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A Syrian family watches as Gayle Tzemach Lemmon conducts an interview. Photo by Jon Gerberg/PBS NewsHour

Column: Why I can’t stop thinking about the children of Syria

The kids. And the moms. Those are what I keep thinking as I turn over in my mind our reporting trip to Syria.

The kids were everywhere — full of joy, full of spirit, full of exhaustion. Full of life. And they both inspired and broke my heart.

In one interview we did — which you will see on the PBS NewsHour soon — no less than 50 or 60 kids encircled us as we interviewed a father rebuilding his house after a missile sailed through his roof. “Embrace it,” our producer Jon Gerberg said as we looked around and realized we could never keep this many high-spirited and high-energy little ones fully quiet during our TV shoot. And we did.

So much life amid so much destruction. So much rambunctious spirit amid so much rubble.

At Ain Issa refugee camp outside Raqqa, we met a lot of children. They followed us, talked to us, and taught us about what they had seen and faced. Among them: Hala, a 13-year-old girl from Raqqa whose family fled the city as the Islamic State group sought to make human shields of its residents and U.S. air strikes neared. She told me about what it was like to be frozen in time, forced out of school because of ISIS and living far from her dreams and surrounded by fear.

The poised young teen still dreams of becoming a teacher. Or, at the very least, of going back to class after years without education. When I asked her what her favorite subject was, she simply shrugged. “All of them, I guess.” I hope she gets back to her studies. And I wish I and we could do more to make that possible.

Gayle Tzemach Lemmon (center) talks to Syrians displaced by fighting. Photo by Jon Gerberg/PBS NewsHour

Gayle Tzemach Lemmon (center) talks to Syrians displaced by fighting. Photo by Jon Gerberg/PBS NewsHour

At the same camp, we met a mother who walked out of her city of Raqqa eight months pregnant, leading her husband and her toddler daughter to safety. Her baby weighed barely two pounds when she gave birth to her there in the refugee camp two weeks earlier amid so many other little ones. The tiny newborn sat perched on her mother’s lap, her pacifier bobbing up and down in the dust as she bounced on her mother’s knee. For this young mother, wise and eloquent and ready to tell us what she had seen and what she hoped for next, it’s not her life she is thinking of now. It is the next generation’s. She told us she prays her toddler and her newborn will live in peace — they have done nothing to deserve all this war, she says.

It is striking to hear people in their teens, some barely in their 20s, talking about their lives in the past tense and focused squarely on children even younger than they are. Focused on giving kids something better. And yet that is what you hear.

We met a family of 20 living in a bombed-out building miles from their hometown of Raqqa, an islet of life in an ocean of rubble. It was no place to live when you saw it from the outside — all shattered walls, blown-away roofs and crumbling buildings, and the stench of rotting flesh as you crossed the threshold. But walk in the doorway and what you found was a home. Bustling, full, loud with the sounds of children and work and cooking and washing.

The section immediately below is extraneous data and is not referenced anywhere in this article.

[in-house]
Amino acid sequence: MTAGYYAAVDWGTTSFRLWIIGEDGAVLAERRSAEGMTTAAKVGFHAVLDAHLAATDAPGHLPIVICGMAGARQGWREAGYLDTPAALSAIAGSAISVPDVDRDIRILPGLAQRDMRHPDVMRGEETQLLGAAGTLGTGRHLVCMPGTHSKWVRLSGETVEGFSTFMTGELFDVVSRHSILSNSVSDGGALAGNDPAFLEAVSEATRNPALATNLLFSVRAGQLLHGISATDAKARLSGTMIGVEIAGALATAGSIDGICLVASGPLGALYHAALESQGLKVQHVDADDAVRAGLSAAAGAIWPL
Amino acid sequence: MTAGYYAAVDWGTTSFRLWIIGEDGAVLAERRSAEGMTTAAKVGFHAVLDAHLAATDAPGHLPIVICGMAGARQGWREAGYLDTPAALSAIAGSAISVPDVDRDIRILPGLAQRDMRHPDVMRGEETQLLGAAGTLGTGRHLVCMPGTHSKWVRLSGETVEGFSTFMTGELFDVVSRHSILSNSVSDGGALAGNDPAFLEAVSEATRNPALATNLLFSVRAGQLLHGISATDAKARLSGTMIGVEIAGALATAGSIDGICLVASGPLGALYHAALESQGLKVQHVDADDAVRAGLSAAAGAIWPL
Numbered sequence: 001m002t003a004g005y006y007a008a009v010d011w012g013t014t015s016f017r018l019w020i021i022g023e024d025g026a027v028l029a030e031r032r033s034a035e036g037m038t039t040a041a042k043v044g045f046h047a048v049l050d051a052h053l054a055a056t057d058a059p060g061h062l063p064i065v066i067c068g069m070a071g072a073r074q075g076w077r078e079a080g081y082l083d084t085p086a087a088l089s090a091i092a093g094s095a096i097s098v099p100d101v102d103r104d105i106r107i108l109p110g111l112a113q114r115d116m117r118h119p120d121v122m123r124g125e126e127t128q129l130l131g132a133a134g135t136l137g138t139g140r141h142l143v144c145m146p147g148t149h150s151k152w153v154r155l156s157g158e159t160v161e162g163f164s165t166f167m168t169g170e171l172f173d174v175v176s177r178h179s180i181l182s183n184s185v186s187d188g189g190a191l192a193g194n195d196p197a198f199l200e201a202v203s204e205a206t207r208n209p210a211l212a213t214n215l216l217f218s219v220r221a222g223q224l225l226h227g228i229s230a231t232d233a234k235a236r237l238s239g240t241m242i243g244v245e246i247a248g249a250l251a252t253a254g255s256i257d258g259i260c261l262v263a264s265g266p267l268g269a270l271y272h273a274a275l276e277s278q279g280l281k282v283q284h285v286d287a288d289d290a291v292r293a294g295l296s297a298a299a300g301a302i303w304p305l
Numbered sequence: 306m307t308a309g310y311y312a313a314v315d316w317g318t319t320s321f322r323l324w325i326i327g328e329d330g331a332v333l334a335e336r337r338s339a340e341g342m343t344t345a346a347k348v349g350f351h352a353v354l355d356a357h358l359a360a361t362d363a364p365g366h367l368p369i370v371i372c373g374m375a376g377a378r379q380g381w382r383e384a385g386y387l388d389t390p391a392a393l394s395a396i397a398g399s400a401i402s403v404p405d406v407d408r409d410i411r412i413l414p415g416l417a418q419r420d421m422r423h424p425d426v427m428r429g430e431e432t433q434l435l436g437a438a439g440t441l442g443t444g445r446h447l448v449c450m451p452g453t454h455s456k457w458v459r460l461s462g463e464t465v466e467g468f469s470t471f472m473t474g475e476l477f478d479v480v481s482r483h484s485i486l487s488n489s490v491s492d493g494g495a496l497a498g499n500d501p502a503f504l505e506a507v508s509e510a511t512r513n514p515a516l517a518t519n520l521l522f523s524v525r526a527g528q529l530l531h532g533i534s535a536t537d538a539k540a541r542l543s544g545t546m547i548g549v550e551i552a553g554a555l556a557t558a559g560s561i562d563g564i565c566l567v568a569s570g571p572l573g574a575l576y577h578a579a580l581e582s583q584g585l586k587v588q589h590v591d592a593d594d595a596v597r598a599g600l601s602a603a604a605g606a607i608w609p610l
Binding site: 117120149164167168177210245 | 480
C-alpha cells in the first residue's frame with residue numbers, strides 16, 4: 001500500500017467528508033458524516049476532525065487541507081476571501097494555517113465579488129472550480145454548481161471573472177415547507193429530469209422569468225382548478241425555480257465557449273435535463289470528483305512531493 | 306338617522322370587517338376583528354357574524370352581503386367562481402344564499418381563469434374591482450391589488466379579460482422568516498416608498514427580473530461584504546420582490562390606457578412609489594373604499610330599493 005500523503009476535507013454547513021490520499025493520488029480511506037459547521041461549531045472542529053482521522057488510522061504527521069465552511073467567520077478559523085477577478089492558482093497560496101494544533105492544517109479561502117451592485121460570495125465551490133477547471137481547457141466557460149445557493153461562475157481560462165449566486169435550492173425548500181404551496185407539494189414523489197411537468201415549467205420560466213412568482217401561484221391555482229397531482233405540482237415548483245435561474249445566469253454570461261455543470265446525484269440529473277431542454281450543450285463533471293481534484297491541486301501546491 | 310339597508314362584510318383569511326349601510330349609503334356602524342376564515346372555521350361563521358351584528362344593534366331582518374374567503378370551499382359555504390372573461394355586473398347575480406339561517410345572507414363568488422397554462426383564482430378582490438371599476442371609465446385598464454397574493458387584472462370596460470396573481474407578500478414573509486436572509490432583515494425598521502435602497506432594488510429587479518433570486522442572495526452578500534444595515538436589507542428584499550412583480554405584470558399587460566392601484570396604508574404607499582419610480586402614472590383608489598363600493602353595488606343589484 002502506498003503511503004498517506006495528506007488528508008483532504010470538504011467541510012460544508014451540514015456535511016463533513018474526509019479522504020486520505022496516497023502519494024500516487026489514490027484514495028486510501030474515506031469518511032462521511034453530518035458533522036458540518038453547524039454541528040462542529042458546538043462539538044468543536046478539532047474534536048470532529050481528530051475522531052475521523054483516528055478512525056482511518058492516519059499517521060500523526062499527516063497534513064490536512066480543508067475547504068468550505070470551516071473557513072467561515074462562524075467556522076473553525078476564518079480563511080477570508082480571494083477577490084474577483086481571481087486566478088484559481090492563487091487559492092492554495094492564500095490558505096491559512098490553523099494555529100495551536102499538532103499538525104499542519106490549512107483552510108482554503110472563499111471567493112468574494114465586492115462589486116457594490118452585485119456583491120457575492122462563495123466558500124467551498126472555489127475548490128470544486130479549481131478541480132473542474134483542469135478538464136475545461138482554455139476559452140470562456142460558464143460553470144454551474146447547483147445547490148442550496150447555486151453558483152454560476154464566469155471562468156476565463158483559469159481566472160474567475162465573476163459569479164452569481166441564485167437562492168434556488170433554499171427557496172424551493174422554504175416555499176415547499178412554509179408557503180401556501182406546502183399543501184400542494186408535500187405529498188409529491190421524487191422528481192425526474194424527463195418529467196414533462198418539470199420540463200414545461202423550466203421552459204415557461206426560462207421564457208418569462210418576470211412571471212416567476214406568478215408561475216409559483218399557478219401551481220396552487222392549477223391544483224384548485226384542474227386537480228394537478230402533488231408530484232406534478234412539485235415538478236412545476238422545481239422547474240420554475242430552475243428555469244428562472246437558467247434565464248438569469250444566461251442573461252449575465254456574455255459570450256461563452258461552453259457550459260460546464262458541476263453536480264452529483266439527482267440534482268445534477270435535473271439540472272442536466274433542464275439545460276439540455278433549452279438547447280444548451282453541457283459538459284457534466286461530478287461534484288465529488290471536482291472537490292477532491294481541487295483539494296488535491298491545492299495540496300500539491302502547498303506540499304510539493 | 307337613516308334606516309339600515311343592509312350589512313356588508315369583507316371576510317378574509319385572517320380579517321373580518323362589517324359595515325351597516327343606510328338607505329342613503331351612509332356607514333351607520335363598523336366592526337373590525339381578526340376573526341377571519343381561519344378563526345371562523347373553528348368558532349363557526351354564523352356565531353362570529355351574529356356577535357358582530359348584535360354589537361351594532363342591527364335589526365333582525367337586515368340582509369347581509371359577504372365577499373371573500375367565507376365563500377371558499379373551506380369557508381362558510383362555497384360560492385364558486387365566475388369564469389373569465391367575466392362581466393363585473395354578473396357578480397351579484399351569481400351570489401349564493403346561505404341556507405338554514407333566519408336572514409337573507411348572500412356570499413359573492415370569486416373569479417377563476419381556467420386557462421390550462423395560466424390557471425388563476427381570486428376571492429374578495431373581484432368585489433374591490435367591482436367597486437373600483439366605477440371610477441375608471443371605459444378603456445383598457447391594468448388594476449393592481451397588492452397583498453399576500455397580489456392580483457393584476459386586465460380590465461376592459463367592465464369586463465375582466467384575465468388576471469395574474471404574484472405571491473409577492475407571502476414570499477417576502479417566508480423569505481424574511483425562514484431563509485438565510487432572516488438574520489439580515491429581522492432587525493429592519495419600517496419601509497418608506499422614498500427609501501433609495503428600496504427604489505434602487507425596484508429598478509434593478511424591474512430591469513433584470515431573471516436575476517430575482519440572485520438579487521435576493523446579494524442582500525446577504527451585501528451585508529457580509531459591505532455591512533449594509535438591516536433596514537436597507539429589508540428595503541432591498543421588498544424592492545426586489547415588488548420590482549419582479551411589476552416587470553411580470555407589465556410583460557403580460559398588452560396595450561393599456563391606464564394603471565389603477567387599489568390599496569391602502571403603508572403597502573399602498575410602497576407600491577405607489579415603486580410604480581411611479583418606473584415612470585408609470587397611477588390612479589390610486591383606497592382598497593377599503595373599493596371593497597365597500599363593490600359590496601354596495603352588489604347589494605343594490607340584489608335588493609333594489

And a 16-year-old girl married at 14 by parents who sought to keep her safe and find her a protector as war encircled. She told me that everyone she knew — all her classmates — had been taken out of school to marry or, far worse, she said, kidnapped and never seen again by one fighter’s group or another. She said her generation had no more dreams, but now she wanted her son to be an engineer and her newborn daughter to be a teacher.

Photo of Syrian teen Rafiq Fouad Ali by Jon Gerberg/PBS NewsHour

Photo of Syrian teen Rafiq Fouad Ali by Jon Gerberg/PBS NewsHour

In Manbij, a town freed from ISIS control a year ago, we met a young man — not even 20 — who told us how his generation didn’t even know how to read or write. He said he felt lost without education. He had just lost his own younger brother to the ISIS battle in Raqqa and showed us pictures of the teen. Now that ISIS no longer controlled his town, he said, he felt free again — at least while home in Manbij on leave from the fight against the Islamic State. He told us his whole life now was dedicated to driving ISIS out of all the other places it controlled. Nothing else mattered, including his own life.

Behind the life-and-death stakes of the people who trusted us with their stories, the rather mundane realities of reporting: a lot of time driving in the car. And a lot of time waiting. Waiting for interviews, waiting for the morning, waiting for permissions. Waiting for the ice shop to open or for the gasoline station to have enough petrol for us to make it to our next stop.

I keep thinking about the people we met and got to know, even for just a day. And I hope you will keep thinking about them, too, long after you watch our pieces. This war is not about nameless, faceless people shooting at nameless, faceless people. It is about moms and dads pushing forward, fleeing fighting, giving birth, rebuilding their homes, keeping families together. It is about young girls and teen boys, all working to do their best to find their way through the upheaval, loss, and destruction to a time when they can rebuild, start again, and start thinking once more about a future without war. And it is about the little people, the smallest ones, full of life, sharply aware of death, capturing joy in the moment, on whose shoulders Syria’s next chapter now rests.

The PBS NewsHour is airing a series on Syria. The first report on Raqqa airs Wednesday.

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